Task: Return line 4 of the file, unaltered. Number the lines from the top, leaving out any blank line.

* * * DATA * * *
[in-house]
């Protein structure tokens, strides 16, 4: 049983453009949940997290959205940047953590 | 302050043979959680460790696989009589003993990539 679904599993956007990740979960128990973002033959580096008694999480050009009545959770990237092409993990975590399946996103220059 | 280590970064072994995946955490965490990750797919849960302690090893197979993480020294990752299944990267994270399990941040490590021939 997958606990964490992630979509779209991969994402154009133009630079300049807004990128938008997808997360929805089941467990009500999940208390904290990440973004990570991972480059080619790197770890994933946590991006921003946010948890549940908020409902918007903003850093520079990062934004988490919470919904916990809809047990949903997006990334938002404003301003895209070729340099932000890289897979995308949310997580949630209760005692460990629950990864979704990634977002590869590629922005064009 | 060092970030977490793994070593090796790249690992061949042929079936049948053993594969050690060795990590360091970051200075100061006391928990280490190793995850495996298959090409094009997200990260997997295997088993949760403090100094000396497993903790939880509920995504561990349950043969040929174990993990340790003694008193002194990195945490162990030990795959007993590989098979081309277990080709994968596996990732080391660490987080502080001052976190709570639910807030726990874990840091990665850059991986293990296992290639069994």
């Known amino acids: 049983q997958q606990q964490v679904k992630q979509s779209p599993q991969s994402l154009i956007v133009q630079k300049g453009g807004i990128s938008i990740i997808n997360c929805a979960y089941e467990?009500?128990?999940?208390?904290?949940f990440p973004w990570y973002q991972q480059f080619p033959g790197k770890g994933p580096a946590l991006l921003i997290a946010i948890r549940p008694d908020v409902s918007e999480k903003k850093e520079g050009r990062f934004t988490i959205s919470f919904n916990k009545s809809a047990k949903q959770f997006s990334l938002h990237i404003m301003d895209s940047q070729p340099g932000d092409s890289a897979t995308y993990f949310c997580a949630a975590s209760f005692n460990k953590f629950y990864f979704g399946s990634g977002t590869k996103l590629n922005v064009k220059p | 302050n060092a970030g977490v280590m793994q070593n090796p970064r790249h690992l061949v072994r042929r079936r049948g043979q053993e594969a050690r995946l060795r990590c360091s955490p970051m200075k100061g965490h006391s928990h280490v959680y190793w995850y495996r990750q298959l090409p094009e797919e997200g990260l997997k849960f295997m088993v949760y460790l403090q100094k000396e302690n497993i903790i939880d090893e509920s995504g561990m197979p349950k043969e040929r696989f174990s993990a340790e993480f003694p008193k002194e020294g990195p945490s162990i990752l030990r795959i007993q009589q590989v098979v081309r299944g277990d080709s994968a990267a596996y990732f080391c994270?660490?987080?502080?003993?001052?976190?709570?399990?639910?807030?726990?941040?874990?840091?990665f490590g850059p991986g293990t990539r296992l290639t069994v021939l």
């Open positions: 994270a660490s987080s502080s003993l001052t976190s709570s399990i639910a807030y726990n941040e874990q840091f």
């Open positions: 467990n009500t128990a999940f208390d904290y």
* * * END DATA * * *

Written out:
């Open positions: 994270a660490s987080s502080s003993l001052t976190s709570s399990i639910a807030y726990n941040e874990q840091f």